Cyprus Profile


A global leader in health care provision

Internationally trained health professionals and rigorous adherence to high standards, ensure the quality of private health care in Cyprus is second to none. Advances in medical research mean that in certain fields of medical innovation Cyprus can legitimately claim to be a world leader.

In Cyprus health care is provided by both the state and the private sector, with an impressive 74 private hospitals and clinics. The presence of numerous prestigious private health care facilities significantly enhances the island’s reputation as a centre for medical excellence and highlights the opportunities available to foreign investors.

The American Medical Centre, which started life as a specialist cardiovascular institute, is one such state-of-the-art facility and now offers a wide range of medical services. Another specialist institution is the Bank of Cyprus Oncology Centre, a registered charity, which recently began a three-year €17 million programme to upgrade its facilities.

Substantial investment in the state sector has meant that procedures such as kidney transplants and open heart surgery, which once necessitated a journey overseas, are now routinely carried out within Cyprus. Around 7.3% of GDP was spent on health services in 2011, while the sector generated around 6% of GDP and employed 4.2% of the workforce during the same period. Plans to roll-out of the much-anticipated national health scheme are however to be postponed, following a report by the IMF into the impact that the scheme’s implementation would have on the economy.

In the short term, steps have been taken to reduce patient waiting time through the introduction of minor injuries units and an automated bed availability system and in a separate development, the Ministry of Health has embarked on a seven-year programme to computerise medical provision and develop an integrated health monitoring system. This will involve the introduction of digitised health records, the expansion of medical services to remote areas via telemedicine and robotics, and access to international medical data banks.

Cyprus’ well-equipped and sophisticated medical infrastructure has also turned the island into a centre for health tourism, a market which already accounts for approximately 2.5% of international tourism revenue, with an estimated overall value of €60 to €120 million per annum. The majority of medical tourists come from Britain, Germany, the Netherlands, Russia and the Middle East and most seek either dental or cosmetic procedures. However, increasing numbers now visit Cyprus for fertility treatment, while the island is gaining a reputation for other specialist procedures such as cancer surgery, minimally invasive spinal surgery and facial reconstruction.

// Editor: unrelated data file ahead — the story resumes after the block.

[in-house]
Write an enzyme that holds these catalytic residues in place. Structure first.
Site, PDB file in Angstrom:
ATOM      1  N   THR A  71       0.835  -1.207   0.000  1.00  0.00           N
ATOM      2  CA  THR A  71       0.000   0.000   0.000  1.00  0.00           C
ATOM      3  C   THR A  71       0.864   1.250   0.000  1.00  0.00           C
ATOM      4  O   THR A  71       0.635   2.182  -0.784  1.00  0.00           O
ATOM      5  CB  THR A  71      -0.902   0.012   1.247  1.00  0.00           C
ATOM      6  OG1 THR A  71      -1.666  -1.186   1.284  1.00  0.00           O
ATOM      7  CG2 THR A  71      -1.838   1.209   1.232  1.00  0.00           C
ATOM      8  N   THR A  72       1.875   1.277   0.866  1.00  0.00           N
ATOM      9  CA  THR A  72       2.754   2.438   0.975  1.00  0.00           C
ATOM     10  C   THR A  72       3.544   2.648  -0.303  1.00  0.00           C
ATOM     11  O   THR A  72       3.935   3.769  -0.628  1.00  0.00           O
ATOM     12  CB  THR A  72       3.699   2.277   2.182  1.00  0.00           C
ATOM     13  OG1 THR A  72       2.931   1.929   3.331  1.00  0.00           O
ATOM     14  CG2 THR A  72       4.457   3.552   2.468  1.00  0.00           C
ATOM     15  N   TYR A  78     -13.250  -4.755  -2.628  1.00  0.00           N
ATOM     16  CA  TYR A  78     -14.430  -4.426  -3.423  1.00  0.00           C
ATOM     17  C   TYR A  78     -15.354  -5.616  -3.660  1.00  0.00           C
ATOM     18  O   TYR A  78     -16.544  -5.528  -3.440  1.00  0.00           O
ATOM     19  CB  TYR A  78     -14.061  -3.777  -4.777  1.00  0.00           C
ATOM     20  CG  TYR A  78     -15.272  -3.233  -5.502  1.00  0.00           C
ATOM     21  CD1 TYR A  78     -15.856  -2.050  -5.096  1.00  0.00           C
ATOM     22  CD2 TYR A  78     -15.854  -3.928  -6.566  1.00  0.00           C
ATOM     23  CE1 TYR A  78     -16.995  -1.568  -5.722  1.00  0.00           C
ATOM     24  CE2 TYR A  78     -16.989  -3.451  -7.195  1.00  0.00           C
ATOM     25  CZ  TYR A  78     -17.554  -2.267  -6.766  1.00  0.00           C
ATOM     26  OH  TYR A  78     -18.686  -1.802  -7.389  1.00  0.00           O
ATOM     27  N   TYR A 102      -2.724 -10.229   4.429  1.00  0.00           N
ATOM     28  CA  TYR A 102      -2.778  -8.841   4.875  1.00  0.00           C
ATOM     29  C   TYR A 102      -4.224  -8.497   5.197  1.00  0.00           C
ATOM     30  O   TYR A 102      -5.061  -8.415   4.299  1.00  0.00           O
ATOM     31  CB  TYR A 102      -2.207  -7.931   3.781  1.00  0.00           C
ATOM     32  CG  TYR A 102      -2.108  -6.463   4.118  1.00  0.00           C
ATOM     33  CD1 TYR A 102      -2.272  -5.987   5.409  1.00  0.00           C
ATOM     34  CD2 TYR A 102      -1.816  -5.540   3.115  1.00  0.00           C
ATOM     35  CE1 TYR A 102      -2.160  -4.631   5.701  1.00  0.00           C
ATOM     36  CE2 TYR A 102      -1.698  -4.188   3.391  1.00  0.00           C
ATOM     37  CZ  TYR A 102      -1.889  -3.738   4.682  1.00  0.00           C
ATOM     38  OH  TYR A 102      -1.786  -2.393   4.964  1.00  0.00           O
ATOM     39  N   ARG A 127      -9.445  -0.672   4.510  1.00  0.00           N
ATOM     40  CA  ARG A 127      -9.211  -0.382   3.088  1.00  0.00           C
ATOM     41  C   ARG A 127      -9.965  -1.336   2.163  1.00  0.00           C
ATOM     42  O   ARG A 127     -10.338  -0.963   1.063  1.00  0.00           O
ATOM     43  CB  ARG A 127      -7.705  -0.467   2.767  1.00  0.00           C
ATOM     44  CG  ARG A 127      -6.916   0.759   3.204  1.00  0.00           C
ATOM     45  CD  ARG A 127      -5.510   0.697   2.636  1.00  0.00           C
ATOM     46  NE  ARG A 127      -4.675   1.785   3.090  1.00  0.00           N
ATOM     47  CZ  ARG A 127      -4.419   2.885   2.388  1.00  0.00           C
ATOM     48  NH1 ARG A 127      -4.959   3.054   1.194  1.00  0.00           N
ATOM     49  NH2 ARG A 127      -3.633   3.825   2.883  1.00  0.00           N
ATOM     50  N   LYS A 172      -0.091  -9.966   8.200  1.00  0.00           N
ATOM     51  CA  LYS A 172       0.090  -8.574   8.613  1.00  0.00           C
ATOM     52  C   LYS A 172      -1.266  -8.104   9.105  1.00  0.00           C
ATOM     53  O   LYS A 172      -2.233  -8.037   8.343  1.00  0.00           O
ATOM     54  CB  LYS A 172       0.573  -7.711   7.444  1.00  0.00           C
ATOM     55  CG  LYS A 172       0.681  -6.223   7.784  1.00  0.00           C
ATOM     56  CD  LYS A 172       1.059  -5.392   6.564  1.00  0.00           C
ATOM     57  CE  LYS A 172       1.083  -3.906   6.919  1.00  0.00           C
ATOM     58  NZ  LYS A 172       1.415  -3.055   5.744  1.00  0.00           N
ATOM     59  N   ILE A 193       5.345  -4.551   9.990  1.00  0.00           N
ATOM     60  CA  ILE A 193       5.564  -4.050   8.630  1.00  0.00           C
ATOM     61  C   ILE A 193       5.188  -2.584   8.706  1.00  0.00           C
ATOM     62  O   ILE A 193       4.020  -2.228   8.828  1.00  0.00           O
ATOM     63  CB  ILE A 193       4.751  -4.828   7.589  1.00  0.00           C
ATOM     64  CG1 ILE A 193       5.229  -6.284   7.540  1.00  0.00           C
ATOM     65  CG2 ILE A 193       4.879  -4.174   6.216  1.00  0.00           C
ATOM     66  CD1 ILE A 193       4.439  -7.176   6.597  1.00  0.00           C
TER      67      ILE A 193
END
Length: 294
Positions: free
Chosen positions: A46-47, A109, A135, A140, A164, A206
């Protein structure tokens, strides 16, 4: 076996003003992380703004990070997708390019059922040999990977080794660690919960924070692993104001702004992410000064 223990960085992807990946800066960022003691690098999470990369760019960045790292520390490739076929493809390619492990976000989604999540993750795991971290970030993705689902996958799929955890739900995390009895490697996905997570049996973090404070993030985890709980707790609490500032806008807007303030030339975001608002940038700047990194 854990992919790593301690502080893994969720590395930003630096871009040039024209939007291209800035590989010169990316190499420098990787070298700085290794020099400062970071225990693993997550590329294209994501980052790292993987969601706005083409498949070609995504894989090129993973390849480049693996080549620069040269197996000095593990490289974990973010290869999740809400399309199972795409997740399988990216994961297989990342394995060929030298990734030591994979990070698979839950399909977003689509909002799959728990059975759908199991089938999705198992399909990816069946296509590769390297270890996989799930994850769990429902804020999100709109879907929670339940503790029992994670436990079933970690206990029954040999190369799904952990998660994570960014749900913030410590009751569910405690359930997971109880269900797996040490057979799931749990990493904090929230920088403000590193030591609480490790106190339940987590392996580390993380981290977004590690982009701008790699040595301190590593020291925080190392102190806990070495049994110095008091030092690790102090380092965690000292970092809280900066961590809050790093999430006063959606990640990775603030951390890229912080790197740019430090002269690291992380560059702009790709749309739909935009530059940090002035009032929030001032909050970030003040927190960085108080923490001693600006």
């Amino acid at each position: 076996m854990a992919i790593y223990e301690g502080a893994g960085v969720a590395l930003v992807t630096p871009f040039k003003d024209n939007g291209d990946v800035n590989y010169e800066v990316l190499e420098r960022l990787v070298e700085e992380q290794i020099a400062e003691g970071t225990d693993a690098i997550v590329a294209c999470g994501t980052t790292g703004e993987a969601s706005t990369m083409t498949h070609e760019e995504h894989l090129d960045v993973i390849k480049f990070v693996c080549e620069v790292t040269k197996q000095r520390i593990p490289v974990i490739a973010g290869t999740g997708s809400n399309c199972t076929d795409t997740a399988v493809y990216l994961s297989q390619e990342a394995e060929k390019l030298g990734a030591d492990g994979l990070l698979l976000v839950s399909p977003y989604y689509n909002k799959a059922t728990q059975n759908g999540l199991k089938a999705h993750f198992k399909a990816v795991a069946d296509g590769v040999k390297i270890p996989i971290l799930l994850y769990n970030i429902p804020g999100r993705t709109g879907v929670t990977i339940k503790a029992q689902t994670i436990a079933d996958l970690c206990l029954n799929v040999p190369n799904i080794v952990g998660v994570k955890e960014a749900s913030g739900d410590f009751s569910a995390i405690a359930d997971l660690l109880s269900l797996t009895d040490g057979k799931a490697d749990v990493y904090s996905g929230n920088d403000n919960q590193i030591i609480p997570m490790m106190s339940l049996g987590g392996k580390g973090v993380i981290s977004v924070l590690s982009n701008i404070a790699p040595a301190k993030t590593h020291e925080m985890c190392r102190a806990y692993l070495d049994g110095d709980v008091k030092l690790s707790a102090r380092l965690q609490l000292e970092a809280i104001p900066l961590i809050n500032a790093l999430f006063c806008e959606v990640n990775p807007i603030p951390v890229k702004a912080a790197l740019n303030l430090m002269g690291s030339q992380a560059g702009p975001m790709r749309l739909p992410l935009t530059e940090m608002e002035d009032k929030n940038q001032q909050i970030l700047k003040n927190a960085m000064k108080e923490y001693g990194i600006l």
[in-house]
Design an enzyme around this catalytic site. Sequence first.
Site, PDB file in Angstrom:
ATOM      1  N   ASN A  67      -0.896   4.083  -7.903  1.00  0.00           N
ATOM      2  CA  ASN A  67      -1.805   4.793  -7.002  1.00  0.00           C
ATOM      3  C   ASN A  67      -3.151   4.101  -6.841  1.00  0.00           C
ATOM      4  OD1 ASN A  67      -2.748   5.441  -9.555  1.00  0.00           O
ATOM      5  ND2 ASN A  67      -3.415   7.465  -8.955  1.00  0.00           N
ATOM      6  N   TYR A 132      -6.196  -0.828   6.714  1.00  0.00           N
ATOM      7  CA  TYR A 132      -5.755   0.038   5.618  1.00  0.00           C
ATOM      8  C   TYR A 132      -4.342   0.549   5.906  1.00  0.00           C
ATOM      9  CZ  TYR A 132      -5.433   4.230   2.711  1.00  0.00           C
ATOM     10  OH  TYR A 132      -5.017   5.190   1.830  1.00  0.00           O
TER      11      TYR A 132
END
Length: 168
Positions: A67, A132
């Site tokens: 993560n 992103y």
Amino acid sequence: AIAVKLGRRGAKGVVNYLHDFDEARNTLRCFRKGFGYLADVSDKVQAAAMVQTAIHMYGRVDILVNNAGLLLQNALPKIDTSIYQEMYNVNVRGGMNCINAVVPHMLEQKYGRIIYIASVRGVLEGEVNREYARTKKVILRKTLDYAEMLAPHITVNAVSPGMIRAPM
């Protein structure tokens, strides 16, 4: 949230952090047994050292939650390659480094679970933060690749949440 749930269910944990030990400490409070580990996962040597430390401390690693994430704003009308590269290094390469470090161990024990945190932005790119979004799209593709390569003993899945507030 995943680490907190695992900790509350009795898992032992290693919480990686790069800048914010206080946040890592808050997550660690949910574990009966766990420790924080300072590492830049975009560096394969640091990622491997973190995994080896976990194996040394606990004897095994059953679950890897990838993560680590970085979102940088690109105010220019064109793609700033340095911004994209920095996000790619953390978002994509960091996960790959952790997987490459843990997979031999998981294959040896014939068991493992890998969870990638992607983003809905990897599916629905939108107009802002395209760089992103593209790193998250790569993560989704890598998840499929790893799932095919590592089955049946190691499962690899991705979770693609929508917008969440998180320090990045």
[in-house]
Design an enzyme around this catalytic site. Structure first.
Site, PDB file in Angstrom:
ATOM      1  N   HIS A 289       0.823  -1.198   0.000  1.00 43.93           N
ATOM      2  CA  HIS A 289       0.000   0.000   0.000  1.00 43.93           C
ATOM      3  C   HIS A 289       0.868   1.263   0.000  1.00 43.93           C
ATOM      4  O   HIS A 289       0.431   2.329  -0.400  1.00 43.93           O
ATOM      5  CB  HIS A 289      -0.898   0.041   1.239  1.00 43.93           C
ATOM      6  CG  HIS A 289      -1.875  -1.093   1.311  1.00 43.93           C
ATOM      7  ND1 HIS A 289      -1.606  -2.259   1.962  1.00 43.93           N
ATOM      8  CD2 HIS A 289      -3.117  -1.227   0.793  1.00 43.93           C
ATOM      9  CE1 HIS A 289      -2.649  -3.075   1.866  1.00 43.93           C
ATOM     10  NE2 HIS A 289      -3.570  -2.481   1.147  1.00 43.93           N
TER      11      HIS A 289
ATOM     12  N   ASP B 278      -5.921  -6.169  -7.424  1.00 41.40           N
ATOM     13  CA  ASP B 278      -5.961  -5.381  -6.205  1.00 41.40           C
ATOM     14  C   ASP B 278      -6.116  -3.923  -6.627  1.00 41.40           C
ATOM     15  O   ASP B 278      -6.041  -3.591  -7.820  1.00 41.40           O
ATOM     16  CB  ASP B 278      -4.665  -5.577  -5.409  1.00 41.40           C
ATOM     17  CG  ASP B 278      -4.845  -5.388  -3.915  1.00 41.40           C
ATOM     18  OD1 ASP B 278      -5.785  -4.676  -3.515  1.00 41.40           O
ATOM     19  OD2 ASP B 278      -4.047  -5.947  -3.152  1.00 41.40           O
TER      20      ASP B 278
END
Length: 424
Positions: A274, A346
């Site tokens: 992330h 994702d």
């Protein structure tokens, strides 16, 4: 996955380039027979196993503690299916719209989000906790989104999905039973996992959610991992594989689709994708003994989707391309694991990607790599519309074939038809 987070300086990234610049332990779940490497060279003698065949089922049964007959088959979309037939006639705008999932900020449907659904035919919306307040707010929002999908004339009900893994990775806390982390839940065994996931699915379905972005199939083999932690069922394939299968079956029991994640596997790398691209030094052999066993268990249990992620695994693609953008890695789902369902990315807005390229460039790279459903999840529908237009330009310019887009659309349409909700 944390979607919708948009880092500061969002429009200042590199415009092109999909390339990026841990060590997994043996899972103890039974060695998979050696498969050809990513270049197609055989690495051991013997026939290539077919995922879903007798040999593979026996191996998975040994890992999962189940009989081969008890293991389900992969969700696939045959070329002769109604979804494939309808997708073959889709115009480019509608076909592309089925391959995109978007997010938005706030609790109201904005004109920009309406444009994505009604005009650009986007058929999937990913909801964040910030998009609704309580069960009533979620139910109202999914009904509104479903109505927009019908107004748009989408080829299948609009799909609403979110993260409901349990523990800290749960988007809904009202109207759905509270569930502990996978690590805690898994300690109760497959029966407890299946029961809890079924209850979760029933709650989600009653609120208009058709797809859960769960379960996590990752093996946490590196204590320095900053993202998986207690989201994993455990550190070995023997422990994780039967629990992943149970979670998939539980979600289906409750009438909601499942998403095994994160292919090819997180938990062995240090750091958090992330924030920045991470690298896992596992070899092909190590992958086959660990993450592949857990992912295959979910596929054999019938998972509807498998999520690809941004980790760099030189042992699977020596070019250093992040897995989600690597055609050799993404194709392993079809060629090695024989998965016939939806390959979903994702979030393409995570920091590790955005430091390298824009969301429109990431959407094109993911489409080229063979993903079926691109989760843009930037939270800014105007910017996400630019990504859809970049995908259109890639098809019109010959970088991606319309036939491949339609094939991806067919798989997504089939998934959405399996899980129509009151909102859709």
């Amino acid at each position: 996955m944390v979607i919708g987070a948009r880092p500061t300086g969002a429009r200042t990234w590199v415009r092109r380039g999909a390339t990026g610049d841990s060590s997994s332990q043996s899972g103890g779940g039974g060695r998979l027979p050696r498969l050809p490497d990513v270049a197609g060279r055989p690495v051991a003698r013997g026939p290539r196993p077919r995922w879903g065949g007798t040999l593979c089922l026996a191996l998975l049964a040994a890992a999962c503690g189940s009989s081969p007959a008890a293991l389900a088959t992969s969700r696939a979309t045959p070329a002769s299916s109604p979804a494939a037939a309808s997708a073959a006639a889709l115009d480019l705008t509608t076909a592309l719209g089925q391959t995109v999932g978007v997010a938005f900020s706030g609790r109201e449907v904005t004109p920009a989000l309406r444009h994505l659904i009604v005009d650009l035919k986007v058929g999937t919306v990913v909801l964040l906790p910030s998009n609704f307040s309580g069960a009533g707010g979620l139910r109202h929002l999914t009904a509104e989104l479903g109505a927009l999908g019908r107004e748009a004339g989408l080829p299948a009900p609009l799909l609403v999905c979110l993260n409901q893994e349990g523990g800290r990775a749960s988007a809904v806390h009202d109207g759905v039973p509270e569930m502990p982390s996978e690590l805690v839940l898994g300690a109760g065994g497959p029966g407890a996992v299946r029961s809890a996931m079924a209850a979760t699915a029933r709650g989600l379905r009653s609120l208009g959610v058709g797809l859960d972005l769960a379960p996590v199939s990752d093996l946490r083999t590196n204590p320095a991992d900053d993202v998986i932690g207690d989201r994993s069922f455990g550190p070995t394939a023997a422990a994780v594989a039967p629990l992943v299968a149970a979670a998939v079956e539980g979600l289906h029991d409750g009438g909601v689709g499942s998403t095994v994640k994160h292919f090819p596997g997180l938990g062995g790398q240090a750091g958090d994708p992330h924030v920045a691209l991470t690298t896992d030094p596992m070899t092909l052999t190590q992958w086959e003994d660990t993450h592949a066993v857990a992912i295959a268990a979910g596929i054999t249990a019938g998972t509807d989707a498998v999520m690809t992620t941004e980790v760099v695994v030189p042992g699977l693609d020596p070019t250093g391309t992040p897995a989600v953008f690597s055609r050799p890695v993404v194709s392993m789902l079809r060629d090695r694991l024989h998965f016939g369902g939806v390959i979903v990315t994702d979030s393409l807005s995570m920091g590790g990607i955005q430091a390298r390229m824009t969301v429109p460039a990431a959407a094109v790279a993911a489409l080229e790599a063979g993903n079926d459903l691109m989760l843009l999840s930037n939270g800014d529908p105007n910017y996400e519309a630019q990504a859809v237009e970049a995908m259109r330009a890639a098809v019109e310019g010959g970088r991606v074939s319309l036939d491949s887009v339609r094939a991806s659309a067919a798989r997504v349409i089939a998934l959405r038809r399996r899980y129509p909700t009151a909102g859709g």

The sector’s development as a centre for medical excellence received a significant boost recently with the launch of a four-year postgraduate Bachelor of Medicine and Bachelor of Surgery (MBBS) course at the University of Nicosia (launched autumn 2011). The qualification combines the convenience of training within Cyprus, with all the benefits involved in accessing international expertise. It arose from a unique collaboration between the University of Nicosia and St George’s Hospital (University of London) and it is expected that in time its graduates will make a significant contribution to medical research on the island.

Pioneering research work is already being undertaken at the Cyprus Institute of Neurology and Genetics, which has developed a ground-breaking, non-invasive prenatal test for Down syndrome. The calibre of health care in Cyprus is truly remarkable. The combination of internationally experienced personnel, advanced technological capabilities, and cost-effective, world class medical services mean that this sector will continue to flourish and expand.